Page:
Monday, 27 October 2014

Is your child addicted to sugar?

Nearly half of mothers believe their children are addicted to sugar - but most are unaware quite how much they're really consuming

Most mothers questioned were unaware of the high sugar content of everyday foods such as yoghurts and juice
Most mothers questioned were unaware of the high sugar content of everyday foods such as yoghurts and juice Photo: Alamy

Nearly half of mothers (46 per cent) believe their children may be addicted to sugar, according to a new poll conducted by Bupa.
Yet many of them were unaware of the true scale of the problem, with the majority uninformed about the high sugar content of everyday foods such as yoghurts and juice.
Even though 43 per cent of the 2,000 mothers questioned claimed to know how much sugar was in the food their children eat, when asked how much was contained in everyday lunchbox items, most had no real idea.
While 88 per cent of children have at least one yoghurt a day, 93 per cent of the mothers questioned weren't aware that a typical fat-free yoghurt contains five teaspoons of sugar
The research found that 77 per cent of children consumed at least one glass of fruit juice each day - but 94 per cent of mothers didn't know that the average amount of sugar in a typical glass of apple juice is 6.5 teaspoons.
Some 93 per cent of mothers had no idea that a typical glass of apple juice contains 6.5 teaspoons of sugar
According to Mumsnet editor Sarah Crowne, sugar consumption is a continual source of anxiety among parents: "There's a great deal of discussion on Mumsnet about how to feed your kids well - from coping with fussy toddlers to tips for cajoling refusenik teens into managing a sensible breakfast before school.
"Excessive sugar consumption is a perennial concern amongst our users - particularly with 'hidden' sugar popping up in everyday products such as pasta sauce and bread, not to mention the large quantities in some of the most popular children's yoghurts and fruit snacks.
"In an ideal world, obviously, we'd all shun jars and packets and cook perfectly-balanced meals from scratch every day - but the fact is that time and money constraints often make this impossible.
"As with most aspects of child-rearing, parents simply do their best: to be clued-up about nutrition, avoid the obvious sugar-laden pitfalls and try to strike a healthy balance when feeding their kids."

Yet, in spite of these concerns and efforts, 40 per cent of parents questioned in the new poll said they gave their children sweets, fizzy drinks or chocolate at least once a day.
Nearly 25 per cent surveyed said they placed sugary treats in their child’s lunchbox, with the top culprits being cakes, chocolate, crisps and fruit juice. Nearly a third of mothers believed that, as they gave their children healthy food, too much sugar wasn't an issue.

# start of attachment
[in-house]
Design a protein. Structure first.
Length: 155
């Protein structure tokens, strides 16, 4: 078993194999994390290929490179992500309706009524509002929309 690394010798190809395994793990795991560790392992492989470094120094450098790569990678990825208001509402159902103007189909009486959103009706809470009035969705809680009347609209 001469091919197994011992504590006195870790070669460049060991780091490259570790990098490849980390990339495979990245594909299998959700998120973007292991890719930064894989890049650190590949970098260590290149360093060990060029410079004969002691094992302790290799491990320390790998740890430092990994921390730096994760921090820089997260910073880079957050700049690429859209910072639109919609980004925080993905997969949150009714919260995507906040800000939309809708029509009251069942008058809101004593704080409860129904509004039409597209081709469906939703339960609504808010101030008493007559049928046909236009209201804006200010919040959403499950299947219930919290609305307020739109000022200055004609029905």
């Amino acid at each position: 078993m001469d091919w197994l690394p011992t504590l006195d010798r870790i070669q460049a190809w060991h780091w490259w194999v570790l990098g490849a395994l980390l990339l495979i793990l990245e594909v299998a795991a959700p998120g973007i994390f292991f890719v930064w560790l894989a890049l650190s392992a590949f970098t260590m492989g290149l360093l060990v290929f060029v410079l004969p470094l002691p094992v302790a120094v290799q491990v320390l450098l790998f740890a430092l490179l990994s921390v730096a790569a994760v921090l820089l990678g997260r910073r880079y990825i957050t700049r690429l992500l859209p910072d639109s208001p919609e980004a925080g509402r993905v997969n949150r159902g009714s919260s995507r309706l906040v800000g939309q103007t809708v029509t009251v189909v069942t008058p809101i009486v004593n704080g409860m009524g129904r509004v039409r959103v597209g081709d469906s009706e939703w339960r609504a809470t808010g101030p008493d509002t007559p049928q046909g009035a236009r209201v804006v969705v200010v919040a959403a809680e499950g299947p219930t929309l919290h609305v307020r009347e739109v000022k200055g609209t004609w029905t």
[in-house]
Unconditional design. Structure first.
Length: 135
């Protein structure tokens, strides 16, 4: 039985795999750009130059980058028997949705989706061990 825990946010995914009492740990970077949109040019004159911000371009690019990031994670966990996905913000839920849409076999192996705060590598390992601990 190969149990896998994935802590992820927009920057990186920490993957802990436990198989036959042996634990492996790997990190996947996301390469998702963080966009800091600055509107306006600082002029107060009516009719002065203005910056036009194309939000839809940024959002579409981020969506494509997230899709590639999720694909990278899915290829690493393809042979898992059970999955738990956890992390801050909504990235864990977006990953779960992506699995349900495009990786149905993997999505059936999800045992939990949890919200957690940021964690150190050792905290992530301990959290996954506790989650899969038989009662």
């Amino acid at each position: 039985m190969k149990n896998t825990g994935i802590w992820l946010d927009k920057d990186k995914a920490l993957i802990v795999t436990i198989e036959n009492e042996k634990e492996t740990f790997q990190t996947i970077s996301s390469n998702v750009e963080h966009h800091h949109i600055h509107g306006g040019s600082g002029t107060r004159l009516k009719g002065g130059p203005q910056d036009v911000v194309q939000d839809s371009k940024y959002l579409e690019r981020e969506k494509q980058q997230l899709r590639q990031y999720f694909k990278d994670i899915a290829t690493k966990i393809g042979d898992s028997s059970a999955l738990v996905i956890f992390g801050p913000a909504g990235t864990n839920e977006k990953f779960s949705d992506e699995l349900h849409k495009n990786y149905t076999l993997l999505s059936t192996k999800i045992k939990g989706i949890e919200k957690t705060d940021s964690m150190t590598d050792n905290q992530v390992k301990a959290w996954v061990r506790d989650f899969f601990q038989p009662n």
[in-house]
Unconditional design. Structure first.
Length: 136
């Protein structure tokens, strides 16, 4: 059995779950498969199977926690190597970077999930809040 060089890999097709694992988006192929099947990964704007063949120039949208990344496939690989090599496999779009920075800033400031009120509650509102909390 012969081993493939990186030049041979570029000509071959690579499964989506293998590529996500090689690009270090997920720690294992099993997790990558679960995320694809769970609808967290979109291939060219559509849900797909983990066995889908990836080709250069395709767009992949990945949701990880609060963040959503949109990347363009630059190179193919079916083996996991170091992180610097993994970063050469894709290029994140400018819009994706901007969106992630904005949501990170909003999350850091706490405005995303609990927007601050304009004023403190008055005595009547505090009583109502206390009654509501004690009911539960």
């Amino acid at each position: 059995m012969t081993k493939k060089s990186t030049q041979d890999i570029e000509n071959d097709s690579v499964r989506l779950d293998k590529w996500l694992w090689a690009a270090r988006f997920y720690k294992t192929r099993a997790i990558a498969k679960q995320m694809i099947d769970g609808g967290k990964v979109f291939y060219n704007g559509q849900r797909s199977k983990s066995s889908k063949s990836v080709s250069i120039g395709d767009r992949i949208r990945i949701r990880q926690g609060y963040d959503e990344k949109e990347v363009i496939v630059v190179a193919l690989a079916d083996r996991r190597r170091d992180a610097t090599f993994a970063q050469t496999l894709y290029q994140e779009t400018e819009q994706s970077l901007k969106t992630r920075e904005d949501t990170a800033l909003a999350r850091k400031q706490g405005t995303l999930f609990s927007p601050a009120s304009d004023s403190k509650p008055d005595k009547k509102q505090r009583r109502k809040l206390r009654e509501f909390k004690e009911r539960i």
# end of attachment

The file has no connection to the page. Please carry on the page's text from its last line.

Nicole Mowbray, author of Sweet Nothing, an account of giving up sugar, says: 'While these figures are shocking, they're not surprising."
"Even though parents try their best, sugar lurks in so many of the foods we give our children, from the addition of fruit juice to savoury baby foods to make it more palatable, to the high quantities of sugar lurking in everyday sauces such as tomato ketchup, or this new idea that honey is in some way healthier, when it isn't.
"That's before you've even considered the amount of sugar given to youngsters in the form of 'treats'. Parents should use their pressure power to force manufacturers to start reducing the amount of sugars they add to food and drinks aimed at children.'
Too much sugar in a child’s diet can cause permanent damage to health, including increased risk of heart disease and Type 2 diabetes. as well as severe damage to dental health.
Andrew Wallis, of Cornwall Council, said earlier in the year that tooth decay among children had reached epidemic proportions. In fact, the research was commissioned by Bupa to mark the launch of its Tooth Fairy campaign - parents can create a personalised video for their children at toothfairy.bupa.co.uk.
Bupa's Clinical Director of Dentistry, Dr Steve Preddy commented: “With 26,000 primary school children admitted to hospital for tooth decay in the past year, there is a need now more than ever, for parents to be paying attention to their child’s sugar consumption.
"The recent announcement from NICE has caused much debate amongst health and teaching authorities, however the most important thing to remember is tooth decay is preventable.
Parents need to be regularly looking at the nutritional information of food products; it is often what are thought of as healthy foods or unexpected ones."